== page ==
Starlings were introduced into New York from Europe in the late 1800s and have since spread across the entire country. They are common in urban and suburban areas and nest in any suitable hole or cavity in bird houses, buildings and trees. Like grackles, starlings eat a variety of foods, but prefer seeds and fruits. They also will feed on insects during the spring and summer when insects are numerous.
Like grackles, starlings tend to congregate and roost together in flocks. Starling roosts in urban or residential areas can be a source of disease. Starlings also can cause a considerable amount of damage to gardens and orchard crops such as grapes, strawberries, apples and cherries. They are aggressive birds and often drive away desirable song birds. They may nest in bird houses intended for purple martins, woodpeckers or bluebirds.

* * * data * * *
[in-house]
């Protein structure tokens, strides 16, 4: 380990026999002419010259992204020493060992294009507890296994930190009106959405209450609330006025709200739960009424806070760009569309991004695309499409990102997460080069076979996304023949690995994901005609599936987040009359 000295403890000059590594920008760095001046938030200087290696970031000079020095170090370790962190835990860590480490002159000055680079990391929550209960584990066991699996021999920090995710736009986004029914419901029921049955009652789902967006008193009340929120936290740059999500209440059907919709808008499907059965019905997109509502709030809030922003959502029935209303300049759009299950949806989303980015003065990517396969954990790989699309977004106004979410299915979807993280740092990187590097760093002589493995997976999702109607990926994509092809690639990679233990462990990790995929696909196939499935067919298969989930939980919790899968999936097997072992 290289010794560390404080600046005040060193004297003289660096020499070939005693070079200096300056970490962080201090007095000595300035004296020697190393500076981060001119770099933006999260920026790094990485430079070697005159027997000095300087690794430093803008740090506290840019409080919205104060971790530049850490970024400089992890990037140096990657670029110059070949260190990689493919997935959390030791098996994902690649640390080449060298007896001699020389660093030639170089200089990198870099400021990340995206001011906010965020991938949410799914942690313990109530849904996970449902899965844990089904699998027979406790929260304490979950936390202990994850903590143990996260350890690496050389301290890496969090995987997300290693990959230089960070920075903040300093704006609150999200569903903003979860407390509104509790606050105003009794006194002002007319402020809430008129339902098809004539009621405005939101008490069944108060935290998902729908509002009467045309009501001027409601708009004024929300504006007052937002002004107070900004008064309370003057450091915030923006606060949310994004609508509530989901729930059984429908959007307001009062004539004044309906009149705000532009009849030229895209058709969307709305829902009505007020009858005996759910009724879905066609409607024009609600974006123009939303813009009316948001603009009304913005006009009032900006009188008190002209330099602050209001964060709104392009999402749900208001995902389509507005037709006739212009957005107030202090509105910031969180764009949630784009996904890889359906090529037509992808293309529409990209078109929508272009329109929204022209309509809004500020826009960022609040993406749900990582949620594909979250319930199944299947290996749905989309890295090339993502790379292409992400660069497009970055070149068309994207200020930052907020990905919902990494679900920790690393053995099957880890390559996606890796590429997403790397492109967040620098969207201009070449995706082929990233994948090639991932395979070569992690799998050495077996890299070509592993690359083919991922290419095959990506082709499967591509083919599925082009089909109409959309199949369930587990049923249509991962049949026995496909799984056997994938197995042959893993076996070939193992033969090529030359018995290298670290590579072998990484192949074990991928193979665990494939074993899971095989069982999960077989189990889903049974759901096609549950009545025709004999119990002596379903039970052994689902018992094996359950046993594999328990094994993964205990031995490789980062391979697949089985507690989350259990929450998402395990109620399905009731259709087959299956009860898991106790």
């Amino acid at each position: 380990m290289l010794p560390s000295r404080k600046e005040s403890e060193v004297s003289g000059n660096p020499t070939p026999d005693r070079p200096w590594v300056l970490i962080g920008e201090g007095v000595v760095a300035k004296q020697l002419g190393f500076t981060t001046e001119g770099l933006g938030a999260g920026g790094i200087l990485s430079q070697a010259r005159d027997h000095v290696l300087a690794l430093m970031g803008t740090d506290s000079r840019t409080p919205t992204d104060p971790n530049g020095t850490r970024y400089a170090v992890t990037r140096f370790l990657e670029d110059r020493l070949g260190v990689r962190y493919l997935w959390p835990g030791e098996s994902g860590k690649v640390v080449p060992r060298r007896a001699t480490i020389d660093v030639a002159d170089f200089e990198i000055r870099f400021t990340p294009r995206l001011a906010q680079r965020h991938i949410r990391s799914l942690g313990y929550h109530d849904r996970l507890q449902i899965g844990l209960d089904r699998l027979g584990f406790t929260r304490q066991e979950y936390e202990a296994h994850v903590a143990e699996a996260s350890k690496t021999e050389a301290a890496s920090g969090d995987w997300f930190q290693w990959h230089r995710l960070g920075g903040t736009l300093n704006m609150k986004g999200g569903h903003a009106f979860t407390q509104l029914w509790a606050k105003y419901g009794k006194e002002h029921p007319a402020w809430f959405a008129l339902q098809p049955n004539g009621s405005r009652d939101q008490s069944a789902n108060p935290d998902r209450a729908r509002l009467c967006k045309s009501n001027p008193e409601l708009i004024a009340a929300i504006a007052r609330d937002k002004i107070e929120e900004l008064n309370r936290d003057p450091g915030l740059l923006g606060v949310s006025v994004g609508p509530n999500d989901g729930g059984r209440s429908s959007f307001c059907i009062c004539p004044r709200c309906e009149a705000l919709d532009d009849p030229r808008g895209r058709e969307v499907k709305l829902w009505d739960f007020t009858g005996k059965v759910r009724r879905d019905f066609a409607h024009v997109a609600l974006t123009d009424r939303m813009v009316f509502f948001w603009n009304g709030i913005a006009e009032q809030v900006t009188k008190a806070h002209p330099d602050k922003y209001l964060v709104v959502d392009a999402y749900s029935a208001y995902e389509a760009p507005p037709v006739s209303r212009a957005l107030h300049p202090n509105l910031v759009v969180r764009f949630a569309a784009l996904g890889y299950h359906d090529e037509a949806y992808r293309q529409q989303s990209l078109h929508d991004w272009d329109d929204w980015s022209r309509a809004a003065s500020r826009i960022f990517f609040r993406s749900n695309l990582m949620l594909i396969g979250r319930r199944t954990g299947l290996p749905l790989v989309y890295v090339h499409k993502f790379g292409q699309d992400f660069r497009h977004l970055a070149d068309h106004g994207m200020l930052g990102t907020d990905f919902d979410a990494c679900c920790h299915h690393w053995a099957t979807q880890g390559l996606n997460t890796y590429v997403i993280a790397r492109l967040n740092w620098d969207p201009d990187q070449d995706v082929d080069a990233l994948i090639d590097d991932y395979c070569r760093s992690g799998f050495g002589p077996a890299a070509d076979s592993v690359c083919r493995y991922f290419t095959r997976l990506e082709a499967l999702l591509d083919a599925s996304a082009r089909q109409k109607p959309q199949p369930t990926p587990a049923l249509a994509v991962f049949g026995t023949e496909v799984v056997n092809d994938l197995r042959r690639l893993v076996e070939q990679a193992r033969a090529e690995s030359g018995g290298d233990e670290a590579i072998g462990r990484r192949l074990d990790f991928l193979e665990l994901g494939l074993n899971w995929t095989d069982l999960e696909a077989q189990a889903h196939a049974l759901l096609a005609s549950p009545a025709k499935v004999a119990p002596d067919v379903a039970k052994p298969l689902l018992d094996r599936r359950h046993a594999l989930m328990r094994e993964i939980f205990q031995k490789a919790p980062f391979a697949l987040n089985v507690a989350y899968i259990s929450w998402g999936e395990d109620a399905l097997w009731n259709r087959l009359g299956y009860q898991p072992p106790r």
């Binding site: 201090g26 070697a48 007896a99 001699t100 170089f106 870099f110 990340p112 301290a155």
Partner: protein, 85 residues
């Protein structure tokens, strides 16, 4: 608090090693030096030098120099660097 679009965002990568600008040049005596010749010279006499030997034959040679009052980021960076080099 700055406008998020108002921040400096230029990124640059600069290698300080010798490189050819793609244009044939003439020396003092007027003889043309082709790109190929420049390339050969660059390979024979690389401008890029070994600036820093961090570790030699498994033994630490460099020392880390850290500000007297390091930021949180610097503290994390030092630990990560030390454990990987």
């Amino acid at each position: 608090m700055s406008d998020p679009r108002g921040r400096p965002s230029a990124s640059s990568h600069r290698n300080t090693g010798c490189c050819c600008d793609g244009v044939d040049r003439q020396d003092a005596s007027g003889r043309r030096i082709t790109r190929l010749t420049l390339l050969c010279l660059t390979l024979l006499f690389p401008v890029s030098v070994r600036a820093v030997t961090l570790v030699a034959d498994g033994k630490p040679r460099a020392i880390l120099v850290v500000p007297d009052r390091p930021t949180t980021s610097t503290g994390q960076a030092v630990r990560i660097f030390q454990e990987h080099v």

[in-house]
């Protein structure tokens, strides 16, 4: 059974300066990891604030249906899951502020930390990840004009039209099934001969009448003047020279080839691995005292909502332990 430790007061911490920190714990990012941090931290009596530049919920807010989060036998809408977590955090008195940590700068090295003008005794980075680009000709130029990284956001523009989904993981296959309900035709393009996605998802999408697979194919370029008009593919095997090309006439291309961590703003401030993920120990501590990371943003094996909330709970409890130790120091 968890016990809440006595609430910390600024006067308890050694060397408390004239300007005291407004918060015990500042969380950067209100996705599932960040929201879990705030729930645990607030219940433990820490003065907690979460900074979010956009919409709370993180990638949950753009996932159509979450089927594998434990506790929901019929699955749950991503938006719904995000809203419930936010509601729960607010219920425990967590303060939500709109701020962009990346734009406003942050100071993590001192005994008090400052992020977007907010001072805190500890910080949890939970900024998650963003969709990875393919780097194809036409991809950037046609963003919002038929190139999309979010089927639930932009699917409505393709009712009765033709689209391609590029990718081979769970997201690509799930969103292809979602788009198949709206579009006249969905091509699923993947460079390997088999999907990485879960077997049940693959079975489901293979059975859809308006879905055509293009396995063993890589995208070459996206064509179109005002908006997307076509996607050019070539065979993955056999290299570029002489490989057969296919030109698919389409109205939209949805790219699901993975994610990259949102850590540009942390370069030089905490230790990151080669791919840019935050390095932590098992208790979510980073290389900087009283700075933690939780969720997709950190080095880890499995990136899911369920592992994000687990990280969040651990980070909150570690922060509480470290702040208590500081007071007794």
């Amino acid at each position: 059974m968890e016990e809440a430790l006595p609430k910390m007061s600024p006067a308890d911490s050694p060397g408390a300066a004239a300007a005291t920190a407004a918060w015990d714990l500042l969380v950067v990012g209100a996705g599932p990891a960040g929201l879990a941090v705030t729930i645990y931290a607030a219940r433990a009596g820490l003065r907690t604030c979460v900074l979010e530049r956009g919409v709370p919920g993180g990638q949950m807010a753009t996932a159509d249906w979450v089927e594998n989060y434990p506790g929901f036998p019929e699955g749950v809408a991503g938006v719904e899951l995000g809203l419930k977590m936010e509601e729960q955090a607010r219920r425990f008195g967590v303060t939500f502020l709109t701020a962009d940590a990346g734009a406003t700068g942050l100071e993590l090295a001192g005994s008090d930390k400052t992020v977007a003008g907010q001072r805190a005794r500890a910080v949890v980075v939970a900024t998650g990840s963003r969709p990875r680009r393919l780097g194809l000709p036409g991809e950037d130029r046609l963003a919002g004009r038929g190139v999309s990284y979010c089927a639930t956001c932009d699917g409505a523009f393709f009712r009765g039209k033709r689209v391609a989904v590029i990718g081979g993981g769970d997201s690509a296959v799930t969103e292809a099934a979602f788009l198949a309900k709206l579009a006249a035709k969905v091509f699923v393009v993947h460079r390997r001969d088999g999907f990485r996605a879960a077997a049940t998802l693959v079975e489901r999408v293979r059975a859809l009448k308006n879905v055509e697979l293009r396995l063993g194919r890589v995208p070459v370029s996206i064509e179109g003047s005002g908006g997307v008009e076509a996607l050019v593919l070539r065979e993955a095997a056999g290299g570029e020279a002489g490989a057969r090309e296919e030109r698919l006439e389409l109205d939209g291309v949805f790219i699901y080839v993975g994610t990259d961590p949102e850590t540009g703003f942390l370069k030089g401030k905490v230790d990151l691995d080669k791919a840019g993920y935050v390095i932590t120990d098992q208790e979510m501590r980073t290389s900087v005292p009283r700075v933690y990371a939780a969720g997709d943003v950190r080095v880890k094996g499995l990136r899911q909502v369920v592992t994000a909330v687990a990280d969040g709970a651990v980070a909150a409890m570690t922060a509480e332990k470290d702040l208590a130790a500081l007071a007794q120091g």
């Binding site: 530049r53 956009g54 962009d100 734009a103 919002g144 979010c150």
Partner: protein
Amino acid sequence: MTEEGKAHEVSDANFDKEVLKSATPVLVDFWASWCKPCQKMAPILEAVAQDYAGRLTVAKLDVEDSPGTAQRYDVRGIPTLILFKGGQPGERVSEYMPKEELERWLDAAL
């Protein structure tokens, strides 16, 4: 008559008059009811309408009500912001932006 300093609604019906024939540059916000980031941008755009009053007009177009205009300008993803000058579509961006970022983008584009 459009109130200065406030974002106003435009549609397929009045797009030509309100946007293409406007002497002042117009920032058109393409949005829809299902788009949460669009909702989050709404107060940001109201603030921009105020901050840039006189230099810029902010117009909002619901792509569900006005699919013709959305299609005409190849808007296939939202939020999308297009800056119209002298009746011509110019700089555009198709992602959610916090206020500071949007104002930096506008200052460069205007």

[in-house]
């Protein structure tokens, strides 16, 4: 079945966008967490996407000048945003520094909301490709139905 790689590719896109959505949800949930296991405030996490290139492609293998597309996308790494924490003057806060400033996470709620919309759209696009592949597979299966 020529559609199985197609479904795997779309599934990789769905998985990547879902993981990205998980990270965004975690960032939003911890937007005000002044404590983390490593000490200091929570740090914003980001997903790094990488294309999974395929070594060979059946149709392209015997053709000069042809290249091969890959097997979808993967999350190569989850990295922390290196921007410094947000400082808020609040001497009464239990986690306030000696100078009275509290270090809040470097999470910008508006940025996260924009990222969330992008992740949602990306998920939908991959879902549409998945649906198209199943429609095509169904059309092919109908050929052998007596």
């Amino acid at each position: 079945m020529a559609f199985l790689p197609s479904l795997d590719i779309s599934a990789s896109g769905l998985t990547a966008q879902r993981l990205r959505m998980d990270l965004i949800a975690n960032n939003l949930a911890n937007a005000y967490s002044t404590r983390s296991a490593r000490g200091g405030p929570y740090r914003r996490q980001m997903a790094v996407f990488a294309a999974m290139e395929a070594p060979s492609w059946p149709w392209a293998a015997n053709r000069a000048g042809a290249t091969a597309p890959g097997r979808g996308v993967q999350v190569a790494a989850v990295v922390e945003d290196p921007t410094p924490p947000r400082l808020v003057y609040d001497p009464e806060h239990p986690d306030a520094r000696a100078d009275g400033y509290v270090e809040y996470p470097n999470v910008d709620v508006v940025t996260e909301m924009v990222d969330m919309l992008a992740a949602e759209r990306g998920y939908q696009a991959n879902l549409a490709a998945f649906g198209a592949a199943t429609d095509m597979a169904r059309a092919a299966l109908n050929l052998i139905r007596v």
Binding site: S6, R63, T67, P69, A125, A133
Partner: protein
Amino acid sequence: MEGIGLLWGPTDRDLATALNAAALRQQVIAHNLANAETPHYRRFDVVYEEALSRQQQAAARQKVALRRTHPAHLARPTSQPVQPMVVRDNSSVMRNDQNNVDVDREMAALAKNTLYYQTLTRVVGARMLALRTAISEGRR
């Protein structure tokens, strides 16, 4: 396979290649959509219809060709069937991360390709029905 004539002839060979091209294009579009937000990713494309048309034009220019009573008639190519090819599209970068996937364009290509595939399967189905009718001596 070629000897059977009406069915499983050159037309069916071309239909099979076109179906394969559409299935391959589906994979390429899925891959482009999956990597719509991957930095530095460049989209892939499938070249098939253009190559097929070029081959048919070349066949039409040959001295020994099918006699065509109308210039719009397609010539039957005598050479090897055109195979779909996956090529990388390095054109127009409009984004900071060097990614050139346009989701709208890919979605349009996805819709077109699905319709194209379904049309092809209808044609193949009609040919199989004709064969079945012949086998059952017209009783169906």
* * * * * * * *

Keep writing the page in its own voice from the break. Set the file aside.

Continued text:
Although both grackles and starlings may be referred to as blackbirds, this group normally includes the Red-winged Blackbird, Yellow-headed Blackbird, Brewer’s Blackbird and the Brown-headed Cowbird. Blackbirds are about the size of robins. Red-winged blackbirds have red shoulder patches on their wings, which makes them easily identifiable. As the name implies, Yellow-headed blackbirds have yellow heads. The male Brewer’s blackbird is black with a whitish eye; the female is gray with a dark eye. The Brown-headed cowbird is the smallest of the blackbirds. Male cowbirds are black with brown heads, and females are gray. Both sexes have sparrowlike bills
Blackbirds and cowbirds also will flock together in huge roosts. The diseases and damage that they can cause are similar to those caused by grackles and starlings; therefore, their presence in urban areas is often objectionable. Female cowbirds lay their eggs in the nests of other birds. As a result, the host bird raises the cowbird young often at the expense of their own young.
American Crows are the only crow native to Indiana. It is the largest of all the crow species, and while it resembles the common raven, its bill is noticeably smaller, and it lacks the shaggy throat feathers of the raven. Crows are very social and roost together in extended family groups at night during the fall and winter. They will range several miles during the day in search of food, returning to the roost at night.